Photo credit: Chuck Stewart
There is a common phrase in jazz: swing. The concept carries such a powerful charge that musicians often gain the respect of their peers based on their ability to swing. Listening to Orrin Evans’ awesome Flip the Script (Posi-Tone, 2012) has me digging through the jazz continuum for possible definitions. The swing era is long gone but jazz heads can’t get enough of the phrase. So, what does swing actually mean?
When jazz reached its heyday in the 40s, swing almost defined the music entirely. People literally swung to what was still then dance music. Big bands led by Duke Ellington or Count Basie pulsed with a wild but controlled energy that solidified swing into a potent and unassailable force. You either swung or you didn’t, because “it don’t mean a thing if it ain’t got that swing.”
As the swing era faded away and bebop broke ground, laying the foundations for a wide variety of future developments, swing lived on, crystallizing into its definitive statement, the classic 4/4 beat. The propulsion you hear/feel when walking bass and hit-hat cymbal lock in on the upbeats always makes me think of a train charging full steam ahead. I’m aware of the cliché but the metaphor holds up. Unsurprisingly, examples of railroad-inspired songs or records abound: Take the A train, Blue train, Soultrane, you name it. When that engine gets going, there is a sense that the journey could last forever. One quintessential incarnation of that subtle association is the great Ahmad Jamal Trio (with Israel Crosby on bass and Vernel Fournier on drums) in the 50s. With such a hard-driving team, Ahmad has a lot of room to run over the keyboard or throw off sporadic splashes of melody whenever he wants to. Listen to and watch “Darn that Dream” here. Ben Webster looks bemused but he’s having a good time (at 3.05). You just can’t derail that kind of train. It is rock solid.
At a deeper level, though, swing is the way musicians articulate their feelings about the music, their signature takes on popular songs of the day or past. When Billie Holiday lags “behind” the beat, that’s swing. When Monk hits the same chord over 20 times on Little Rootie Tootie or inserts long stretches of silence into his off-kilter lines, that’s swing. Oscar Peterson’s left-hand powerhouse swings. Miles Davis’ pristine delivery swings. It is hard to think of a musical feature that is more distinctive and yet open-ended than that.
Today, swing is sometimes unfairly associated with conservatism in jazz. In fact, some people do lament the demise of swing and feel that all these odd time signatures or rock-tinged inflections that are now standard practice in modern jazz are corrupting the essence of the music. I totally disagree. Jazz, by nature, has consistently drawn from all kinds of music. Sure, the swing age is over but so is World War 2. There’s nothing to regret. In fact, I would argue that the spirit of swing is still going strong in some of the current music. Free bassist William Parker released an album dedicated to Duke not too long ago, and it doesn’t sound like your grandpa’s dusty Glenn Miller 78. Snippets here.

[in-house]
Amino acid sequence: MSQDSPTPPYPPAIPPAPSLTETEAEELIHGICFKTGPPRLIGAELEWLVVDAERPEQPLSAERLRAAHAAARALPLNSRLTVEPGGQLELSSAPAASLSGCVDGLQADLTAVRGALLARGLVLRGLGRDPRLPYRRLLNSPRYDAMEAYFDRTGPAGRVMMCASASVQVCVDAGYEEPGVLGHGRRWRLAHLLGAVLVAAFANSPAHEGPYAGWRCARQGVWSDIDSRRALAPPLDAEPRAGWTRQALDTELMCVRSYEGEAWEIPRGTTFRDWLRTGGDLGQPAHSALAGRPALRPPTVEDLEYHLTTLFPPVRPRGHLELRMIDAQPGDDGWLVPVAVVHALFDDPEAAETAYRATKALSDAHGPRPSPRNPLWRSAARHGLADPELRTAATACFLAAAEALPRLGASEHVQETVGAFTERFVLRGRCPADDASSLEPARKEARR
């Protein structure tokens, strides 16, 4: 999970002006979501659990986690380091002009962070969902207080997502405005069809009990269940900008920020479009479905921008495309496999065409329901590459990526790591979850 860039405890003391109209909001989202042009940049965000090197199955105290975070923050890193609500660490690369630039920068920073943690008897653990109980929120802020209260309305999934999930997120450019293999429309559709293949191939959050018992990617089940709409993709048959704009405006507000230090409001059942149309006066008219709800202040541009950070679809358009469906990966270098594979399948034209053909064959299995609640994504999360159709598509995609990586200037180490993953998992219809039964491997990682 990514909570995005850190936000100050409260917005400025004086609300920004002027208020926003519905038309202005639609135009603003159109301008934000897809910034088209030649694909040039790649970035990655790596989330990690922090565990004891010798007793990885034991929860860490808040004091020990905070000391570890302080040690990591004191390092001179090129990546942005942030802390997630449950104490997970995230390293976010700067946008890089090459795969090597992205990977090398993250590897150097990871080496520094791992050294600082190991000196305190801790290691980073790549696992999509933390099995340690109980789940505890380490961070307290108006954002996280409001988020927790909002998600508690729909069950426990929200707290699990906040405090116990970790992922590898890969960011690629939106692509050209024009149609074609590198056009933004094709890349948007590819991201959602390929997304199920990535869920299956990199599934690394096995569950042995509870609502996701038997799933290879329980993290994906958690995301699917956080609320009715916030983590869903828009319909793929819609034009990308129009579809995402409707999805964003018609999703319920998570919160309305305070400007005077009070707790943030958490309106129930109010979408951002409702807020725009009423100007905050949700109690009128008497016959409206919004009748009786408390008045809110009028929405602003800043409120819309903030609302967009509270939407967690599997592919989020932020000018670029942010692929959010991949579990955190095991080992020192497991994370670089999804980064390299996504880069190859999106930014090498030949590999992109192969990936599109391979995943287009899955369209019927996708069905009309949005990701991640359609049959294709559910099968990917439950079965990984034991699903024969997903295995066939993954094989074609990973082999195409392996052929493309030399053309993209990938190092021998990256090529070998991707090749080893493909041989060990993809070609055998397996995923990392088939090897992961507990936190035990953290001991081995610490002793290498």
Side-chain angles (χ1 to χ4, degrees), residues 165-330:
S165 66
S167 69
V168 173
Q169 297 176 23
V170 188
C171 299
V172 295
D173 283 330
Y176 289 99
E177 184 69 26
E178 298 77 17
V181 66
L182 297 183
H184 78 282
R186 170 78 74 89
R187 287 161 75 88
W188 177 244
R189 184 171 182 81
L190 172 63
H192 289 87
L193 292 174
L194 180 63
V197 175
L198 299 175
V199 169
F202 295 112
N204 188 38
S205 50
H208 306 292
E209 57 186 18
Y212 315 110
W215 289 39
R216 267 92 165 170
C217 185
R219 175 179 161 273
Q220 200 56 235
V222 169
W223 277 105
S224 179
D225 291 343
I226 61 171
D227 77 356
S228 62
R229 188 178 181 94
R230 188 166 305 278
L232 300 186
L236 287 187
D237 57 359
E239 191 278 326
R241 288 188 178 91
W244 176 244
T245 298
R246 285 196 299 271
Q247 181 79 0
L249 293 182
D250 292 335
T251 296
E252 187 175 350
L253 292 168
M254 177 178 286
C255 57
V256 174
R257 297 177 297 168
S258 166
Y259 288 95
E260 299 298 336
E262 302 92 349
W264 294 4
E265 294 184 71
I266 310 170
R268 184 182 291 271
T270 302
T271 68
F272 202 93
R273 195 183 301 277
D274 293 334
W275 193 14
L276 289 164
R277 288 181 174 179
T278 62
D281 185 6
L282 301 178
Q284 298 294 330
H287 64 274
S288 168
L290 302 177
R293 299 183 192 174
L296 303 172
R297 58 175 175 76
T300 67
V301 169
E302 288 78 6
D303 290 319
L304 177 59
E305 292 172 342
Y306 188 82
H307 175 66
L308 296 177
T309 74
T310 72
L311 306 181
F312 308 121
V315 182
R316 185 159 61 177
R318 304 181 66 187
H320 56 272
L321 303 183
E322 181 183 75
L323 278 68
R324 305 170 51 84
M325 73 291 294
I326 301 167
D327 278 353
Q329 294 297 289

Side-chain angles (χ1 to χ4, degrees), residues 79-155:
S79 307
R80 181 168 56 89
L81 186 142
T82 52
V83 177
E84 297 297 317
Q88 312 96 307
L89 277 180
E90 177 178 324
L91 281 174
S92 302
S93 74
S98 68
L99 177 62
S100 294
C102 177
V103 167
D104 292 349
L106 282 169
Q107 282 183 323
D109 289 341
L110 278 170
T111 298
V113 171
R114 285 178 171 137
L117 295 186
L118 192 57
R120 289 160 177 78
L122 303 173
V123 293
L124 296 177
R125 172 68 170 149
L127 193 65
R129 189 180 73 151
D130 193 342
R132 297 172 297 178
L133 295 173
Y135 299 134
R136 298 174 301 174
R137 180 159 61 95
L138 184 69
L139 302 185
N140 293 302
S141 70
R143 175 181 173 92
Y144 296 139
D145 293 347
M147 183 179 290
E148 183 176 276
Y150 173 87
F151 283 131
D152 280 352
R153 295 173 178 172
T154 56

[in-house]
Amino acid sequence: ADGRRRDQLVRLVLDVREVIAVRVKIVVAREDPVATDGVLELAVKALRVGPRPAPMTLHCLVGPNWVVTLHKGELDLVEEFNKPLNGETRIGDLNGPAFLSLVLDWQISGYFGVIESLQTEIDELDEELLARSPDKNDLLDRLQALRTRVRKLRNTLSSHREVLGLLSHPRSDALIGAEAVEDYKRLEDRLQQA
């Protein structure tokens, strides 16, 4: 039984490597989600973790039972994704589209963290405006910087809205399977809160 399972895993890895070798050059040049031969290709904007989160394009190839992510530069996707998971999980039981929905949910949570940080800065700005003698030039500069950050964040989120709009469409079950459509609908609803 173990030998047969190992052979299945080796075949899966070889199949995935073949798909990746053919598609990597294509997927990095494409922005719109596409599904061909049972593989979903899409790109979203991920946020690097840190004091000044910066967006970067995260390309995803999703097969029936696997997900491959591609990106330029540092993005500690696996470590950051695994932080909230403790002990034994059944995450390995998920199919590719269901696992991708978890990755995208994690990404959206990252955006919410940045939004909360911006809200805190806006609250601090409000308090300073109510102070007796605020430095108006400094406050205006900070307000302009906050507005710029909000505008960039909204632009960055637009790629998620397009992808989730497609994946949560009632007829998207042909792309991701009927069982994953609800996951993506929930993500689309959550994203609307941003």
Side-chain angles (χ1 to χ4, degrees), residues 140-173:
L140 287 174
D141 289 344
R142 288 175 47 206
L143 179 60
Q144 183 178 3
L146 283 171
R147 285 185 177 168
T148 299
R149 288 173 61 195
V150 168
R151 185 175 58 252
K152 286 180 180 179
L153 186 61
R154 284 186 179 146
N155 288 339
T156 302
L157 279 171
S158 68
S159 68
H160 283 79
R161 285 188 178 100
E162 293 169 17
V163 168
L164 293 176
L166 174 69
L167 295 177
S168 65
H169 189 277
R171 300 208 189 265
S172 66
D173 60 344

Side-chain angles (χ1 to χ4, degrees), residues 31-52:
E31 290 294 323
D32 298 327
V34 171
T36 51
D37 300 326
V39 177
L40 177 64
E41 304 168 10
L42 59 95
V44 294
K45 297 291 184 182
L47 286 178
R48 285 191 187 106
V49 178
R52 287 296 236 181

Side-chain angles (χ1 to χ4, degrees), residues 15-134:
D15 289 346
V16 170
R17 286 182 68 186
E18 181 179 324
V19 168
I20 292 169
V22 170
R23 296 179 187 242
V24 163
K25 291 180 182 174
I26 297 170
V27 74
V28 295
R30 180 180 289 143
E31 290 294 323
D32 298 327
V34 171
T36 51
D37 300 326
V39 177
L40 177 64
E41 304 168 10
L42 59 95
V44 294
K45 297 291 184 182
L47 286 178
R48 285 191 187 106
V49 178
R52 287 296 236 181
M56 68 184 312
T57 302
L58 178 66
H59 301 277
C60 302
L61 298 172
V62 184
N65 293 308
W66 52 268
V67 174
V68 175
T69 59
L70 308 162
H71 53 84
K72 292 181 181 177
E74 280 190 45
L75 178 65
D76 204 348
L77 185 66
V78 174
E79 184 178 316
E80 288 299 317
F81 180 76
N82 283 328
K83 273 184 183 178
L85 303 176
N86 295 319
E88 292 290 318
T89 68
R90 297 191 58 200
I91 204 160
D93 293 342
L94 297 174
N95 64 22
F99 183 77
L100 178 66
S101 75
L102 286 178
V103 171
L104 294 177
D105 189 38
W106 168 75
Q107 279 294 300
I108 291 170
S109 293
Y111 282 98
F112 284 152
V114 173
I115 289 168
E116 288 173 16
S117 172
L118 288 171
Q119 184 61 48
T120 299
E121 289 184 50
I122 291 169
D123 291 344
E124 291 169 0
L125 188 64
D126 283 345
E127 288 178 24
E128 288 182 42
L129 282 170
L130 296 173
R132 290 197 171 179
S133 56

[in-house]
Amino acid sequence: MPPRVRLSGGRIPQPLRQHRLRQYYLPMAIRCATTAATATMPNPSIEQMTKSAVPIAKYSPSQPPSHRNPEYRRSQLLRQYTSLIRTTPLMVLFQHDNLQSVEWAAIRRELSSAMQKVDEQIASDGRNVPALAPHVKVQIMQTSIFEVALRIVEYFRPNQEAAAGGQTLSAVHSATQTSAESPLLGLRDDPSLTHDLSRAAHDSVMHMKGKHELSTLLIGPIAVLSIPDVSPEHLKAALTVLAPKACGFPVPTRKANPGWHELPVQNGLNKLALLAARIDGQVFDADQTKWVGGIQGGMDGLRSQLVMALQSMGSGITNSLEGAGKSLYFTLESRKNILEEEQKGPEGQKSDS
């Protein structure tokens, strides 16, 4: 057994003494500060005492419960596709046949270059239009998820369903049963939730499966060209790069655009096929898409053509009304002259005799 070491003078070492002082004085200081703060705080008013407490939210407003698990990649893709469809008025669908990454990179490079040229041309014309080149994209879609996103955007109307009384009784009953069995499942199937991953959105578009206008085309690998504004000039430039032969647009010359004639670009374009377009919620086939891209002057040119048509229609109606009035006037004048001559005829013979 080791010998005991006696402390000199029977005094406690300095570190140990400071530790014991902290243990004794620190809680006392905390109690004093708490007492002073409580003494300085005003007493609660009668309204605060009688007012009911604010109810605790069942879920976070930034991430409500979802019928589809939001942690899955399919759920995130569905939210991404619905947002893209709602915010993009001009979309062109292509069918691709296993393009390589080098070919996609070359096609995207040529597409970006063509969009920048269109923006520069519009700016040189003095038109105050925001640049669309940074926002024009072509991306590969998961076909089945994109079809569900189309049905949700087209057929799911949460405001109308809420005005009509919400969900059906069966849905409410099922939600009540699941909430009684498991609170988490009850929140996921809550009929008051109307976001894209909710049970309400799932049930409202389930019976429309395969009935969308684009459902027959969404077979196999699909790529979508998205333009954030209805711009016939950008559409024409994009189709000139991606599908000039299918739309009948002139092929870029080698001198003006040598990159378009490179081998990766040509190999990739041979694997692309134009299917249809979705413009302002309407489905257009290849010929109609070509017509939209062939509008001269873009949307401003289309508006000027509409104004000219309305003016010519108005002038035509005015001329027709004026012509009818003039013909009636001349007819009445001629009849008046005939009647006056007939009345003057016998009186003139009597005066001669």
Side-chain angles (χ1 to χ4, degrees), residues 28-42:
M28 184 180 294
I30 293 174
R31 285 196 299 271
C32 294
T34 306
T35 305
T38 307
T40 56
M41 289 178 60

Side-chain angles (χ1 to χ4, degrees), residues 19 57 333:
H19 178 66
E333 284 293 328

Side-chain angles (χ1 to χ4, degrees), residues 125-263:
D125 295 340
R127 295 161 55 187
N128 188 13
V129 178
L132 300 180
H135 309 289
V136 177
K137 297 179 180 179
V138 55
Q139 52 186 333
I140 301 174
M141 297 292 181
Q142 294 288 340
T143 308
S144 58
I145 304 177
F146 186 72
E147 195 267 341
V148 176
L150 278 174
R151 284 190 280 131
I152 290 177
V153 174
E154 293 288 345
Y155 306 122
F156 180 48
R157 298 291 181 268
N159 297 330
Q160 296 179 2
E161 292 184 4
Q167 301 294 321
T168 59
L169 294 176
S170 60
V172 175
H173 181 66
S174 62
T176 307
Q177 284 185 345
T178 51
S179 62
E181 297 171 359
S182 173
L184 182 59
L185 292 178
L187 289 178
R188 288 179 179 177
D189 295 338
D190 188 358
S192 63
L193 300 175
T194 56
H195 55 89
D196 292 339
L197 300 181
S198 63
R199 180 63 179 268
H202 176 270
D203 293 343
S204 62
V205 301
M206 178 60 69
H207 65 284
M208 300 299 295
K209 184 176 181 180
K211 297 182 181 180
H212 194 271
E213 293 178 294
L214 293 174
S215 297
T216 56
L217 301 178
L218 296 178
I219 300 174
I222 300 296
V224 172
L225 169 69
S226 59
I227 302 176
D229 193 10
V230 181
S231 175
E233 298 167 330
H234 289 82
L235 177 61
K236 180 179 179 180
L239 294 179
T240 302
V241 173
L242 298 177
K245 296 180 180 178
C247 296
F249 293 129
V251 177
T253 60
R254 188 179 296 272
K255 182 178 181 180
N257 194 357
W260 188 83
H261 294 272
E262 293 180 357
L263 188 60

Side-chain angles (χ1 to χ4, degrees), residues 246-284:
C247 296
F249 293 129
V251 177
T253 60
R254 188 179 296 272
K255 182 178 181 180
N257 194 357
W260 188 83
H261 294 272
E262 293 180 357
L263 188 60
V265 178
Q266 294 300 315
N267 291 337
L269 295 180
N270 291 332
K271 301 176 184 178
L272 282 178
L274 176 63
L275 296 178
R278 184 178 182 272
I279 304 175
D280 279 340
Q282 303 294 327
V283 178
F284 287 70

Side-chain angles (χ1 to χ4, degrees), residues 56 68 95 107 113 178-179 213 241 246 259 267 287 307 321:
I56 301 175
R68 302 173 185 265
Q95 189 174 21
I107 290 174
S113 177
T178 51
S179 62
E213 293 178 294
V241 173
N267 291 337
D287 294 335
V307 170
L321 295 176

There are so many ways to play four beats in a row, that’s the beauty of it.
By the way, I have been listening a lot to pianist Orrin Evans lately. It’s hard to overstate how much of a swinger his latest CD (Flip the Script, Posi-Tone Records) is. It is a kind of swing that tips its hat to tradition while offering engaging vistas for contemporary modern jazz. Orrin is a case in point of how to rejuvenate swing and take it to uncharted places. Listen how these three guys (bassist Ben Wolfe and drummer Donald Edwards) go at the burner “Flip the Script”. Each time the 4/4 beat kicks in, your head switches to nodding mode when you didn’t ask it to.
Flip the script is aptly titled. On this ten track cd, the band deliver a cohesive set that has all the makings of a “classic” record engaging with tradition but without sounding burdened by it. The opener “Question” plays fast and loose with time while sticking to the underlying 4/4 swing metric. “Clean House” is ¾ gem with a nice catchy melody that reminds me of Coltrane’s “Afro Blue”. “Big Small” is a very slow blues that trudges forward like a good ol’ mule that knows exactly what its final destination is. The Tynerish intro to “A Brand New Day” leads to an epic exploration of “modal soul” (I just thought that up), if such an animal exists. The songs don’t stretch out over 6 minutes but the playing is tight throughout. I won’t comment on the other songs. Just flip it on the player. It’s refreshing to hear swing tastefully incorporated into and contrasted against a larger agenda of modern music. As long as swing maintains that pendular flexibility, there are many reasons to go along for the ride.